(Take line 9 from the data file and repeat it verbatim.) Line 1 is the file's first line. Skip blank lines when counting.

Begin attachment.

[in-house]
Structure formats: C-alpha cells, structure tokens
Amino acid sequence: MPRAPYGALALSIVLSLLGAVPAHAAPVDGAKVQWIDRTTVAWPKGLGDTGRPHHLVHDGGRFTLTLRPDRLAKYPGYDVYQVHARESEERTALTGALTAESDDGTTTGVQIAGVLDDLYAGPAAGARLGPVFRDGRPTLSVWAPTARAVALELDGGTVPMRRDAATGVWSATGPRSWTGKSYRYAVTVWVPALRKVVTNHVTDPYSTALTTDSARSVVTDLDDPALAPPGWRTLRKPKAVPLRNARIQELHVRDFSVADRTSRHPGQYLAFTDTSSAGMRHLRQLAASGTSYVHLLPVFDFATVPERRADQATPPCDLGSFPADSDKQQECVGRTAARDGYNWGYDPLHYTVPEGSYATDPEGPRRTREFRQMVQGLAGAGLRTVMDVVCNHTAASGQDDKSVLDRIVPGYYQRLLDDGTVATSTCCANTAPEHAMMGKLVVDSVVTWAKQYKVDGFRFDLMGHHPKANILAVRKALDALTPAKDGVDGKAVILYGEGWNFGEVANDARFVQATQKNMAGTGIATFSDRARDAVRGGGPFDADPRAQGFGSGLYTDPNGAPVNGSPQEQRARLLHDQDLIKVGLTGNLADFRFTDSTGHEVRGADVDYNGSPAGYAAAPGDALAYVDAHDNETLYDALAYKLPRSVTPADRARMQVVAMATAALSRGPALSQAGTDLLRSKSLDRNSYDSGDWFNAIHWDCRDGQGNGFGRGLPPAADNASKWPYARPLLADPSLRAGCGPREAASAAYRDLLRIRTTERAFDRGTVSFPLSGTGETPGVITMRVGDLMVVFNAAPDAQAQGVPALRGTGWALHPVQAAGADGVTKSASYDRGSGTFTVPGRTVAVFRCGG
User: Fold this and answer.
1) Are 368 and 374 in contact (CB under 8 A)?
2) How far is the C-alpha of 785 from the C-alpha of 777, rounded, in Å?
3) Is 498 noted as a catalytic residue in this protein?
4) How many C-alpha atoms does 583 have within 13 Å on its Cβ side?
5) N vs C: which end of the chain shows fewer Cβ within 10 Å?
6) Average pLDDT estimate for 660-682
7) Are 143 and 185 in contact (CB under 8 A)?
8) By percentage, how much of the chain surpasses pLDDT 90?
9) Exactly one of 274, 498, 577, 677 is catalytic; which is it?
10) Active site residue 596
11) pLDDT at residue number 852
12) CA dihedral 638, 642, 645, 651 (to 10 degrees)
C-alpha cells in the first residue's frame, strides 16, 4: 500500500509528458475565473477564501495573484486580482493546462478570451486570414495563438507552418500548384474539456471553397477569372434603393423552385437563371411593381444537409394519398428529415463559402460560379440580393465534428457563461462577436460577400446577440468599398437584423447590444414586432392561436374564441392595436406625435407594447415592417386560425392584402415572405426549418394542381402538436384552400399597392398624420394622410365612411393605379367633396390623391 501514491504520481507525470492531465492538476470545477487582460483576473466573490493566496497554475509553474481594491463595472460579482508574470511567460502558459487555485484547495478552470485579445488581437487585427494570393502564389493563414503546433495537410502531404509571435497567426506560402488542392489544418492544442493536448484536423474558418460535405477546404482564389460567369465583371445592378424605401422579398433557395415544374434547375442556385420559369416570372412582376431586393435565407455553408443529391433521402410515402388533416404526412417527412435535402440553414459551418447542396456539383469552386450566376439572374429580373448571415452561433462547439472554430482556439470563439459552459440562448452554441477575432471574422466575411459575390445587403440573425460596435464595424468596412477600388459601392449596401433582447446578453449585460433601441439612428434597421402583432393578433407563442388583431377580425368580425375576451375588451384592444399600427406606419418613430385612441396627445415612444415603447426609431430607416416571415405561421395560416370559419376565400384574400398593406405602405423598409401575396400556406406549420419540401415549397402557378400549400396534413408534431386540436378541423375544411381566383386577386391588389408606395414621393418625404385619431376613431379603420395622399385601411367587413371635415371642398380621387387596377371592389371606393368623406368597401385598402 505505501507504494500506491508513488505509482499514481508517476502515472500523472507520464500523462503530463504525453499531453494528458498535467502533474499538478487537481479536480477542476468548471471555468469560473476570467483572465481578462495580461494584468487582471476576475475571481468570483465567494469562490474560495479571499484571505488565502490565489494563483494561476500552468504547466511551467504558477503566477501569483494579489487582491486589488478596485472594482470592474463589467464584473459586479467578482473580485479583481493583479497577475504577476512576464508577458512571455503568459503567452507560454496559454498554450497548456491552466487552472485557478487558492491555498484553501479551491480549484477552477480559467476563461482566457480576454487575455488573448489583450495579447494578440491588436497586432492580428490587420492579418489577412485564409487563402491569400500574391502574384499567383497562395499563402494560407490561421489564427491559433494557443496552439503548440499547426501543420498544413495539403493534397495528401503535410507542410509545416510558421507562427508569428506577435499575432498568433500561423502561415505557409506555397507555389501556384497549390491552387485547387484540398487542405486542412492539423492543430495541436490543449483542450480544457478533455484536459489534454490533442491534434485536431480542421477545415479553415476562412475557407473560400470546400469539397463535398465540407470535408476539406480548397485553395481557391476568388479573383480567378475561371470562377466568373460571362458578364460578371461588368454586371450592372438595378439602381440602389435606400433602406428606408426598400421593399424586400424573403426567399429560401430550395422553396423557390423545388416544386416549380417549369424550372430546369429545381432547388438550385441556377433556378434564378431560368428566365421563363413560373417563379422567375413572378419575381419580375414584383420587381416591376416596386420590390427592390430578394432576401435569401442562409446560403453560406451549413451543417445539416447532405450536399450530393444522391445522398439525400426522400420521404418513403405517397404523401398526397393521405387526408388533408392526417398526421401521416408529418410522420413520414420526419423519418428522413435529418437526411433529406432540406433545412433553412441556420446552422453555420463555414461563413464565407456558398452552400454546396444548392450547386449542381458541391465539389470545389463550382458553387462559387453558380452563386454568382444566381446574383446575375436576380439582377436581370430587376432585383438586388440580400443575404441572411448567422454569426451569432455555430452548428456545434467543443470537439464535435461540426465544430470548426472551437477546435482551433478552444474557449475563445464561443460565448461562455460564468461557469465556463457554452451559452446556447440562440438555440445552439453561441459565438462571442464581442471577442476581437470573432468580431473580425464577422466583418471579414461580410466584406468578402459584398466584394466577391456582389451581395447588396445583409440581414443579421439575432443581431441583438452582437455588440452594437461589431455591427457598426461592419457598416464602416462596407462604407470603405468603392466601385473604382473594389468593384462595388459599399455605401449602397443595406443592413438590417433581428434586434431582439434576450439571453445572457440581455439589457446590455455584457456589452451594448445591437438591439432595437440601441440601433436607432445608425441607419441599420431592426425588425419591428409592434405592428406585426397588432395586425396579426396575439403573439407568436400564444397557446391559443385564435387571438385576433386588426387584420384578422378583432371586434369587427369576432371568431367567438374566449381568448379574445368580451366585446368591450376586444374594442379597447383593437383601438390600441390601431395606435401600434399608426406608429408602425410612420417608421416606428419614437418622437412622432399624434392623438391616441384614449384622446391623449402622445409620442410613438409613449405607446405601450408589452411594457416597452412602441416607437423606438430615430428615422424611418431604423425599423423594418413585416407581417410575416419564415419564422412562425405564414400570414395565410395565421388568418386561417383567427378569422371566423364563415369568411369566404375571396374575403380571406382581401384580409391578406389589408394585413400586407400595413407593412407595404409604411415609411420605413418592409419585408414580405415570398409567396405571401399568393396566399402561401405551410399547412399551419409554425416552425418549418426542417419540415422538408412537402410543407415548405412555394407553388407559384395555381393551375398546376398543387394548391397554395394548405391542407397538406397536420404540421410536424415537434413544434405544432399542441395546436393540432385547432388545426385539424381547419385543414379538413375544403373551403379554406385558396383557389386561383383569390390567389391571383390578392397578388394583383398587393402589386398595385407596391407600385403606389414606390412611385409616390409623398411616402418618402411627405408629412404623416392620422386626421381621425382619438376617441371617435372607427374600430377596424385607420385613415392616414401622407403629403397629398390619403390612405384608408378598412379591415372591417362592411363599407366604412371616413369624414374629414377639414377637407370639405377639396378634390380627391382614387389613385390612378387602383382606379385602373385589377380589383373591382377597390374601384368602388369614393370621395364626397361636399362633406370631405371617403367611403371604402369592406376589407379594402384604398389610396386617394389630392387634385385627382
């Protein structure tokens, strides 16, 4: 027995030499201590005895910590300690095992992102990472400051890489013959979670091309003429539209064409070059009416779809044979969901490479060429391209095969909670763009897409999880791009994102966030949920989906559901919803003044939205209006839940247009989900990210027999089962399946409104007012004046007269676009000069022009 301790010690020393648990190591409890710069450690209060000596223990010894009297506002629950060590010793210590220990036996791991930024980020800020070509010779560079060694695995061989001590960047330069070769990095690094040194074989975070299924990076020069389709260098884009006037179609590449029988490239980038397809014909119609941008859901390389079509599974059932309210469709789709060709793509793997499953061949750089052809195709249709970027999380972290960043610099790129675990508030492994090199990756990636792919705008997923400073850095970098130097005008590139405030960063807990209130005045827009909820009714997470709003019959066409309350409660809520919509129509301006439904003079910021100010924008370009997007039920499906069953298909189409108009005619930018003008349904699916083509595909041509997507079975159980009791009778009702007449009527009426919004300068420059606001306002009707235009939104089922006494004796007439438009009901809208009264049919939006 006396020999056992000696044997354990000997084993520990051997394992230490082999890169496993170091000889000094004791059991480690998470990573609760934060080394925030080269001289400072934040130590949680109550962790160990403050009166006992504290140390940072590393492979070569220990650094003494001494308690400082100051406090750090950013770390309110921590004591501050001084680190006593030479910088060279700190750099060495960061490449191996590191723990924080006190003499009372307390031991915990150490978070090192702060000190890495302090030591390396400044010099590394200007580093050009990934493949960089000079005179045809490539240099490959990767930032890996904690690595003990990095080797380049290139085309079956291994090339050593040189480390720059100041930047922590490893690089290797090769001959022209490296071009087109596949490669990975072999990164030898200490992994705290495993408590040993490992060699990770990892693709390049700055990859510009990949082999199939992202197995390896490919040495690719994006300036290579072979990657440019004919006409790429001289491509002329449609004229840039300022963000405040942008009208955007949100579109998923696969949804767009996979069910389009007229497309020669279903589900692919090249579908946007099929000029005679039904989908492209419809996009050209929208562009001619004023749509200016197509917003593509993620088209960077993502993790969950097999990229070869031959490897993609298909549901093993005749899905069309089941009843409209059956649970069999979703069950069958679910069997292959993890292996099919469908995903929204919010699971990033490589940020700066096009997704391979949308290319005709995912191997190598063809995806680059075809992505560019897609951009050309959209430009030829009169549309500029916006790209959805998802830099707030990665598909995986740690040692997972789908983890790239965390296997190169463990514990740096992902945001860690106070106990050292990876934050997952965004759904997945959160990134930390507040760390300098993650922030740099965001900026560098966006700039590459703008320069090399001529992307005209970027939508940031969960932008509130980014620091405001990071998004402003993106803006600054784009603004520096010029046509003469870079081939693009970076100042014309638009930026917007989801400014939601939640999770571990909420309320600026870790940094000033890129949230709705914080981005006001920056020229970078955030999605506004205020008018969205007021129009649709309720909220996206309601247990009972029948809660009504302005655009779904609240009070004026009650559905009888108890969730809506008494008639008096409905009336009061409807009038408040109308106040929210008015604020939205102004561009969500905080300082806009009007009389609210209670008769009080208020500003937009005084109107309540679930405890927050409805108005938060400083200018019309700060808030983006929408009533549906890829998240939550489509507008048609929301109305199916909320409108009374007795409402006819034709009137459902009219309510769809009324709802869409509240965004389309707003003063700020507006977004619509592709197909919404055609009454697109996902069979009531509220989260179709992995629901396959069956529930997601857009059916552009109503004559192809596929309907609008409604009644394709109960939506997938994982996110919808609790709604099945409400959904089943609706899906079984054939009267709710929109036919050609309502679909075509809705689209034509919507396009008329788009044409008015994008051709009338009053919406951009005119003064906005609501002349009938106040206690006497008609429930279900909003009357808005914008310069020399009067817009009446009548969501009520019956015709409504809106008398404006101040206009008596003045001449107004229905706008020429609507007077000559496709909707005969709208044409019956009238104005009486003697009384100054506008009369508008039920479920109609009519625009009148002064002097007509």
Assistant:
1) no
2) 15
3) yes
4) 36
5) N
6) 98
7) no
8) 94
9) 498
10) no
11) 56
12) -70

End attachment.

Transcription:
5) N vs C: which end of the chain shows fewer Cβ within 10 Å?